Our first baby was born in June, four weeks before his July due date. In the blink of an eye, we were faced with the question: Do we send him to kindergarten at 5 or wait another year until he’s 6? Maybe you’re facing the same question.
After 15 years working in elementary schools—and 20 years parenting that first baby, I offer here some things to consider as you are finding the right answer for your baby and your family.
Remember, there is no one good answer to the question. And you don’t need there to be. You just need to figure out what option best meets the needs of your kiddo.
First, let’s think a little bit about kindergarten. Maybe you’re like me and attended kindergarten for only half a day. During those few short hours, we had a snack, went to recess, sang songs, and played with blocks. On one memorable day, a baby calf came to school and went to the bathroom right under Table 1!
Today’s kindergarten is more likely to be full-day and more focused on academics than play. The goal is for most students to know letters and sounds and to be reading by the end of the year. If that sounds like your first-grade experience, you’re not wrong. According to William Stixrud (Ph.D.) and Ned Johnson, authors of The Self-Driven Child, “what was once advanced work for a given grade level is now considered the norm, and children who struggle to keep up or just aren’t ready yet are considered deficient.”
Research shows that while school has changed dramatically, children are still the same. Kids in 2025 (when pandemic babies will be ready for kindergarten) are no more fundamentally advanced than kids in 1925. Both groups are able to draw a square at the same age—about 4 ½. Stixrud and Johnson note that we now teach reading to 5-year-olds even though evidence shows it’s more efficient to teach children to read at age 7, and that any advantage gained by early reading washes out later in childhood.
Here are a few other factors to consider when deciding whether or not your child is ready for kindergarten:
- Some families believe that it’s worth trying kindergarten earlier and repeating a grade if needed to catch up. Research suggests that retention has few academic benefits and several significant social and emotional downsides. You can read more about what schools have learned regarding retention here.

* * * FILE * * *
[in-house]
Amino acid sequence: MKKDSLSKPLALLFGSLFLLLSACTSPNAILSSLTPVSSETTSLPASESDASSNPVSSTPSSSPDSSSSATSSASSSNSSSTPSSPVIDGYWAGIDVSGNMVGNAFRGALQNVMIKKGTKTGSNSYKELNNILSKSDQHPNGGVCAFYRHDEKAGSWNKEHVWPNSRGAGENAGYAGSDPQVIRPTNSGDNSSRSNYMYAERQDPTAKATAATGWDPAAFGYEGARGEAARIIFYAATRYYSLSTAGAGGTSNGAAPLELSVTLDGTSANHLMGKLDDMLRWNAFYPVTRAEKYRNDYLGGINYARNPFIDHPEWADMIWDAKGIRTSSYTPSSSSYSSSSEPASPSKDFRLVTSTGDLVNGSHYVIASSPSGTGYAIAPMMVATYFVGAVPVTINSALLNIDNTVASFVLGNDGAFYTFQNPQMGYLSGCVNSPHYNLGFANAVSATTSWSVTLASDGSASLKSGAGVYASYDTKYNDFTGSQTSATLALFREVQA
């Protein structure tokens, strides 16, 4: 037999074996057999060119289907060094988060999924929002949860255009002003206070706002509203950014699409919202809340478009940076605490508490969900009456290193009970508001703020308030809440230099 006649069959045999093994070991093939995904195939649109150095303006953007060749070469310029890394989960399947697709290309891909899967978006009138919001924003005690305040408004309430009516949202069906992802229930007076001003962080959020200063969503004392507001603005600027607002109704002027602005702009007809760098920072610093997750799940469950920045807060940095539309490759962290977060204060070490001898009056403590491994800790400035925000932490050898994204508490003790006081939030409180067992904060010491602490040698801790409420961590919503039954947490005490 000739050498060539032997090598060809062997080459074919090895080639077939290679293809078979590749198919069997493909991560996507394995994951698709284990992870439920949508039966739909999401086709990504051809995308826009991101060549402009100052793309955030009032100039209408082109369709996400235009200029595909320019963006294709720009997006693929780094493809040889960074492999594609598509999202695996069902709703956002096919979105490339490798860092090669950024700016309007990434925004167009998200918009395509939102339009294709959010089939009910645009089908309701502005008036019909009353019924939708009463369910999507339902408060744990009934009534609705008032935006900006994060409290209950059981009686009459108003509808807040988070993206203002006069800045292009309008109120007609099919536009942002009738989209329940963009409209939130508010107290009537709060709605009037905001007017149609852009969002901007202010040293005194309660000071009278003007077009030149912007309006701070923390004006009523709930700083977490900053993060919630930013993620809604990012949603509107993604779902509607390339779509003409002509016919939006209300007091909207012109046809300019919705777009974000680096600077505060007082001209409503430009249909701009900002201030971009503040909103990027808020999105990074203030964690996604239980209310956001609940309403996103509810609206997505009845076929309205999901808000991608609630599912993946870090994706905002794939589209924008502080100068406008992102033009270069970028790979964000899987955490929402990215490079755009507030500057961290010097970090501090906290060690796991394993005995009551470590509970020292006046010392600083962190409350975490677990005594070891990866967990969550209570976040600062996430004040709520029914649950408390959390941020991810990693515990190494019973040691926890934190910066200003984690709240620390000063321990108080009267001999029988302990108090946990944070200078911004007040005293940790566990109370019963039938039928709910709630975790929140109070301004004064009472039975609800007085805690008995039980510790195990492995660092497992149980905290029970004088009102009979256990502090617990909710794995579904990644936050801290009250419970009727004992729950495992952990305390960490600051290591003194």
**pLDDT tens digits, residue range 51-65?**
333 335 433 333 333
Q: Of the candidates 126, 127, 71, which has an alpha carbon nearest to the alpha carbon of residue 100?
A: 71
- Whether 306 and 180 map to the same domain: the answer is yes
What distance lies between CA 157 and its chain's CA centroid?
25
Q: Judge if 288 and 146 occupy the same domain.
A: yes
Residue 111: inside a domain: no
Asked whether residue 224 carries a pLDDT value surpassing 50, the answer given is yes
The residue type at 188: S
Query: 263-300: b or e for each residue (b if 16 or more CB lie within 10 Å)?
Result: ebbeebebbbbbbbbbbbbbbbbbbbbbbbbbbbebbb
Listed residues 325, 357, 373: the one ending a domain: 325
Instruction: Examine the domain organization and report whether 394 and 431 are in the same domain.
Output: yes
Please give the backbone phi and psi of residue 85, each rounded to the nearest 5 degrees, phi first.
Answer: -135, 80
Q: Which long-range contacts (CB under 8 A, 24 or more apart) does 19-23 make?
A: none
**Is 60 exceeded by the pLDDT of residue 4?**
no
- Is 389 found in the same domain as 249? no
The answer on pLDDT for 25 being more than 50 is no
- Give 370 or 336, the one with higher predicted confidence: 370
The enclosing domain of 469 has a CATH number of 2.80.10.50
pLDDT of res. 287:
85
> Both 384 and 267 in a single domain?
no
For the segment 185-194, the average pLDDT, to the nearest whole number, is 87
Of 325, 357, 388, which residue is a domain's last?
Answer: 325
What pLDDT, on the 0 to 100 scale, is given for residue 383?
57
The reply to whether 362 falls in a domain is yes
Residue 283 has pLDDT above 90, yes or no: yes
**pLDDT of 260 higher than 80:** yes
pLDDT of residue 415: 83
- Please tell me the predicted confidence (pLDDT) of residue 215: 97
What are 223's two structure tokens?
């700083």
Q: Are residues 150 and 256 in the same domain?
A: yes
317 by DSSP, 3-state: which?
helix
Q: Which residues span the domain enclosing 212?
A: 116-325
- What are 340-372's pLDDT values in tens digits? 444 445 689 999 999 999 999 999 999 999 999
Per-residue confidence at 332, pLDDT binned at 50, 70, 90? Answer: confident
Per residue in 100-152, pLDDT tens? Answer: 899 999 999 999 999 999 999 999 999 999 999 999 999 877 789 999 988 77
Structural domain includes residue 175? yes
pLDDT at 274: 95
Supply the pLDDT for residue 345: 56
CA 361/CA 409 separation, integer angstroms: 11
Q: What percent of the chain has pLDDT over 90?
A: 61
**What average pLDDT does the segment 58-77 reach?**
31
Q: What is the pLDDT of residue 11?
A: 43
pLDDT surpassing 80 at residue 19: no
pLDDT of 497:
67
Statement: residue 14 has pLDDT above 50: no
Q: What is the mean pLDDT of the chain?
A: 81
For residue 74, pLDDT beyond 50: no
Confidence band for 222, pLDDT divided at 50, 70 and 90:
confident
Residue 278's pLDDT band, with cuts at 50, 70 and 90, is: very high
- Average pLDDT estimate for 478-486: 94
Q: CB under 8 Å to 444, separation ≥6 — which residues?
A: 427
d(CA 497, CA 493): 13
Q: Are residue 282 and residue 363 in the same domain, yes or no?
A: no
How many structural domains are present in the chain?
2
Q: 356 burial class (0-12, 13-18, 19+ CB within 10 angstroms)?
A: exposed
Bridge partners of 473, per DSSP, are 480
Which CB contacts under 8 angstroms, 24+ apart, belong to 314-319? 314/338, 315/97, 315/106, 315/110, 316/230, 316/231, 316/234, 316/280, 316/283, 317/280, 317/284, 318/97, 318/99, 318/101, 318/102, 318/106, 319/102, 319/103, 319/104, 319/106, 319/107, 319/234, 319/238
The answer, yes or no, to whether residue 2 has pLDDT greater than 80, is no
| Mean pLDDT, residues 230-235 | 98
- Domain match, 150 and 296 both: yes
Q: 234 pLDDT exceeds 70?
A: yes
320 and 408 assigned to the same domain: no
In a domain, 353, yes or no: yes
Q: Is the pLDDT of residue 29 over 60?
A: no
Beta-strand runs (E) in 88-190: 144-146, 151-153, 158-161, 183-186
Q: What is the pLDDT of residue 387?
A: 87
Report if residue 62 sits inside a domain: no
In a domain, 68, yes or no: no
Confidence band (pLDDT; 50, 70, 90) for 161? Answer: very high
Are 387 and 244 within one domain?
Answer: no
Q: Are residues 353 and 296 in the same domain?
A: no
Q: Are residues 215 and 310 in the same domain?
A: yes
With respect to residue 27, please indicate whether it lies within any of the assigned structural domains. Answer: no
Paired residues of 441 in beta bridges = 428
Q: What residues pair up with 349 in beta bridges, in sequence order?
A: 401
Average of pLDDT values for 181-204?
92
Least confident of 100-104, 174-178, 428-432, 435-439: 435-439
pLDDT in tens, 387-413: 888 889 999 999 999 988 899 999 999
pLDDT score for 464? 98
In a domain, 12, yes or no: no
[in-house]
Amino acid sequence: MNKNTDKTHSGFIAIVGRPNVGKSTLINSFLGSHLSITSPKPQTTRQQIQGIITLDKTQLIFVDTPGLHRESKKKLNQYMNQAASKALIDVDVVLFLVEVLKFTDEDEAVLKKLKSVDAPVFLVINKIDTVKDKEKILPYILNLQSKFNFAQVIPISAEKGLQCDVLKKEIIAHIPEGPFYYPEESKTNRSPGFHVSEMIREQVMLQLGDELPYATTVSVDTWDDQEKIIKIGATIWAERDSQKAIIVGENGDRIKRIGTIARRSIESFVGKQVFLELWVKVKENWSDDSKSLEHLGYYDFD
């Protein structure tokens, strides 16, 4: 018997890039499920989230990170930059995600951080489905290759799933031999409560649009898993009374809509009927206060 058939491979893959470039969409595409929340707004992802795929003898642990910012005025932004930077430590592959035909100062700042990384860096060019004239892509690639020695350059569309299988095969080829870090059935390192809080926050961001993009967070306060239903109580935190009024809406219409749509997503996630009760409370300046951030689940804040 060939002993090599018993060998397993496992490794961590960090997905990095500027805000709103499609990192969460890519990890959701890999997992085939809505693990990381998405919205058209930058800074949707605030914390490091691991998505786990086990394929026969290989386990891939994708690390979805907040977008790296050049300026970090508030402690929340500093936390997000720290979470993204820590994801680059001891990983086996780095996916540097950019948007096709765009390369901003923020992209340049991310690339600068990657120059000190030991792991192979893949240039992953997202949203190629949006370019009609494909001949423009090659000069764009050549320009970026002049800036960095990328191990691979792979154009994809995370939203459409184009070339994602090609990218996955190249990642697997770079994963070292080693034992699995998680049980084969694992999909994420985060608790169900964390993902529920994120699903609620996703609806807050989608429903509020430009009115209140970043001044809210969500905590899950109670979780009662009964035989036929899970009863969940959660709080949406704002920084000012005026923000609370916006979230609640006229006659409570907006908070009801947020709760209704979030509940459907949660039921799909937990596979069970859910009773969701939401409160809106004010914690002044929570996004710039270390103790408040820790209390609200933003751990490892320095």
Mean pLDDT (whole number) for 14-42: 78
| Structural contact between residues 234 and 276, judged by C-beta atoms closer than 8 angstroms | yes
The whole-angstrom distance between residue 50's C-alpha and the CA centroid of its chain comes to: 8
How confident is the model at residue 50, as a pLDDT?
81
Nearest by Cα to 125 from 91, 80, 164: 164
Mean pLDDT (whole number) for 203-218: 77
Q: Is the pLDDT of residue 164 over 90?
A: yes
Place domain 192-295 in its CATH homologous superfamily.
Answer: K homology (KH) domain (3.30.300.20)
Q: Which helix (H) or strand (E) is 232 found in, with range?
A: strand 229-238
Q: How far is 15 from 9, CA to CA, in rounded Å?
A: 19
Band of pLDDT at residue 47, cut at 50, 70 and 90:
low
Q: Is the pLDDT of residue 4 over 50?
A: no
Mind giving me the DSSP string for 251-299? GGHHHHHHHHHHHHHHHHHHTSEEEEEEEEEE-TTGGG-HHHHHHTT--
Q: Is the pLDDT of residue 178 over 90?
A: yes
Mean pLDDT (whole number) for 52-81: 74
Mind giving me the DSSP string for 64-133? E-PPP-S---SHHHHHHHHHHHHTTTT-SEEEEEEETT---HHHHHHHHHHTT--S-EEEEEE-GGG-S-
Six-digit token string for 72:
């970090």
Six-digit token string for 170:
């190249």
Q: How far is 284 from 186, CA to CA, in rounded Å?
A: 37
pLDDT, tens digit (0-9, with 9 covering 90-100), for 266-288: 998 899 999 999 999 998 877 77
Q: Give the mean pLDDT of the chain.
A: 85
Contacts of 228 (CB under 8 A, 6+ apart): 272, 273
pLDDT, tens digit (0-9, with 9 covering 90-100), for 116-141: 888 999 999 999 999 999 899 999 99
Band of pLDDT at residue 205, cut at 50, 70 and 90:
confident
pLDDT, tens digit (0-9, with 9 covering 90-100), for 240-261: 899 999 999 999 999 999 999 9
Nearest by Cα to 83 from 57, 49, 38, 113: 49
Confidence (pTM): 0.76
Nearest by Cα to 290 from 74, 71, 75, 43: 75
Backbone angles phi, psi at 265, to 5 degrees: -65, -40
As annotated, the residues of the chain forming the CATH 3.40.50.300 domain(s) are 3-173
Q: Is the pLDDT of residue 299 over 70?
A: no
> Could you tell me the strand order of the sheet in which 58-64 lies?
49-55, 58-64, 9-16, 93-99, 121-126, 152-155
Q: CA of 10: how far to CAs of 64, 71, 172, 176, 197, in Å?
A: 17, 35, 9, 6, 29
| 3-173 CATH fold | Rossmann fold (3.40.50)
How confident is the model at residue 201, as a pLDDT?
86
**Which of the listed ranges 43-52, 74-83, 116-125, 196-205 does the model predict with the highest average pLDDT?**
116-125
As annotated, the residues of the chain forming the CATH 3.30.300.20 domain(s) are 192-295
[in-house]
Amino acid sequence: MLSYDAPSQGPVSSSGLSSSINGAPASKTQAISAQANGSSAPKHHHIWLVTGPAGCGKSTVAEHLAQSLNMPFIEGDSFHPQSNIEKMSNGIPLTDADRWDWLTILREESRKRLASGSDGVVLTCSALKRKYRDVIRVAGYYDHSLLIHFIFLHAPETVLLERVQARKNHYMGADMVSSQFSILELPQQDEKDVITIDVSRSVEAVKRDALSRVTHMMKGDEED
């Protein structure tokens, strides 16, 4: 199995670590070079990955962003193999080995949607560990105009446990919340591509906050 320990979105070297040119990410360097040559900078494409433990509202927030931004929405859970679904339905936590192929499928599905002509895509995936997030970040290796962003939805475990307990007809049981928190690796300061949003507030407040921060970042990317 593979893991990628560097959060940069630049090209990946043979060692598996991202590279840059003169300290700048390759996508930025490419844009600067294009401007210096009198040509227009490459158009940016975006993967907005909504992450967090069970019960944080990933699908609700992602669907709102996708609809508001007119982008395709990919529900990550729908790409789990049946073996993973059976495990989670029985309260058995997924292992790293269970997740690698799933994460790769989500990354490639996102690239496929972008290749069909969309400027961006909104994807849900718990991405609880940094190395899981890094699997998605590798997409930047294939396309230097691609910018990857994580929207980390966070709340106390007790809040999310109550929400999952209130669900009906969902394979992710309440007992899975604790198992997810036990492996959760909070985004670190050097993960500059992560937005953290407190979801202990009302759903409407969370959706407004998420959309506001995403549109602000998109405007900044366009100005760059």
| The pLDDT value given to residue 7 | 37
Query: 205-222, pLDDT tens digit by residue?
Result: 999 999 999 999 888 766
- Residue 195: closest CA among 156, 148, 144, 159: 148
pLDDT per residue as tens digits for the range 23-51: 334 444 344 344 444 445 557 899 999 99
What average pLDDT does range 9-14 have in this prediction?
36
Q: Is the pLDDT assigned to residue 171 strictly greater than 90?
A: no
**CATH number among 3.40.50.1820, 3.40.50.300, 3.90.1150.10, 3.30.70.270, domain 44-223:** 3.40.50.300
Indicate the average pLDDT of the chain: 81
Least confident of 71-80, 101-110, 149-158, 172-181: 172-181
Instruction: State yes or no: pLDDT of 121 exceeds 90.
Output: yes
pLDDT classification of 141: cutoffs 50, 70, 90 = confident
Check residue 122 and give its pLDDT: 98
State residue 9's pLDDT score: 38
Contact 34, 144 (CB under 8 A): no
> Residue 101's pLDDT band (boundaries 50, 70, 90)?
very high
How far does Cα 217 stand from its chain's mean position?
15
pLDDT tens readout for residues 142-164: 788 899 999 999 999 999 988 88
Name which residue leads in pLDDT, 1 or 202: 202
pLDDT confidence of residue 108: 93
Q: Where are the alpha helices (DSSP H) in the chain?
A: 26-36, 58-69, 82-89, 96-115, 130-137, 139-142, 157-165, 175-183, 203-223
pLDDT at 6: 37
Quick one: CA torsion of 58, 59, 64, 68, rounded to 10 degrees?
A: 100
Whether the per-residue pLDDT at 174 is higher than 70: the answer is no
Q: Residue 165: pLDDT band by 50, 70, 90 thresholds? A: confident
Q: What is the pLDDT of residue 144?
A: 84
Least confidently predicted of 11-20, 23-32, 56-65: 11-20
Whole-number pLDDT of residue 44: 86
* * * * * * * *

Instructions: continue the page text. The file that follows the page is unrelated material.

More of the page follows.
- Once children are kindergarten eligible, they are not able to attend school district preschool programs. For children with developmental delays or disabilities, this may pose a big challenge. Talk with your school and district to find out if/how your child can receive special education services if you choose to wait for kindergarten. Our child was able to receive weekly speech services at our neighborhood school, but we had to provide transportation. For us, this was doable, but it isn’t for all families.
- In her dissertation research, Dr. Suzanne Jones found that “redshirted students” showed significantly higher levels of life satisfaction than those who had not been redshirted. Her research also shows that students were happy with the decision their parents made, and those who were not redshirted wished they had been. My informal focus group of one college student found the same results.
- Daycare is expensive. Starting kindergarten can be a big financial relief for families.
- Though my own research is strictly anecdotal, I’ve heard many families over the years say they wish they had waited for kindergarten and have never known a family to regret the decision to wait.
As we were considering our options, we heard lots of advice from family and friends—much of it unsolicited! The best advice came from one of the teachers in Nick’s 4-year-old Sunday School class. The teacher, who was a varsity football coach and middle school educator, encouraged us to think not only about Nick’s readiness for kindergarten but also his future readiness for 6th grade and beyond. What if he’s the littlest kid in 8th grade? Another friend reminded us that waiting meant another year at home and sending a more mature person to college.
In the end, we decided to give our kiddo another year to mature before starting kindergarten and we’ve never regretted it. While that was a good decision for our family and our kid, it’s not the right one for everybody.